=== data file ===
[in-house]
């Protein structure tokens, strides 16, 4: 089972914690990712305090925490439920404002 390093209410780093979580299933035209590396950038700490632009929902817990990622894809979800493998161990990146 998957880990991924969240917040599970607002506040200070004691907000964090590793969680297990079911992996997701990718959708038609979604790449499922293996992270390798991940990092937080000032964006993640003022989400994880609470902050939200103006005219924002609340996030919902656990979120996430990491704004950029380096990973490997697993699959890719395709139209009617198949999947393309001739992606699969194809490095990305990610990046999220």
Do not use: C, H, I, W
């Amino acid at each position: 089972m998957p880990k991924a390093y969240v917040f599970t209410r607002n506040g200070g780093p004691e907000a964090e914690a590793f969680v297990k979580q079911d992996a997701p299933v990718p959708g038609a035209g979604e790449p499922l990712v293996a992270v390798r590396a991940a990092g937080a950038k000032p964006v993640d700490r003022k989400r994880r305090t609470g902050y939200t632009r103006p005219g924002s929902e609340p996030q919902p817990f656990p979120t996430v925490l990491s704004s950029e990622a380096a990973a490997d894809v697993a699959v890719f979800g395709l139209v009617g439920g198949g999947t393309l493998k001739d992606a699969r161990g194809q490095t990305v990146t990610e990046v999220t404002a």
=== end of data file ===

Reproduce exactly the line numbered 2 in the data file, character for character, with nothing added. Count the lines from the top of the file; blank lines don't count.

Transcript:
């Protein structure tokens, strides 16, 4: 089972914690990712305090925490439920404002 390093209410780093979580299933035209590396950038700490632009929902817990990622894809979800493998161990990146 998957880990991924969240917040599970607002506040200070004691907000964090590793969680297990079911992996997701990718959708038609979604790449499922293996992270390798991940990092937080000032964006993640003022989400994880609470902050939200103006005219924002609340996030919902656990979120996430990491704004950029380096990973490997697993699959890719395709139209009617198949999947393309001739992606699969194809490095990305990610990046999220």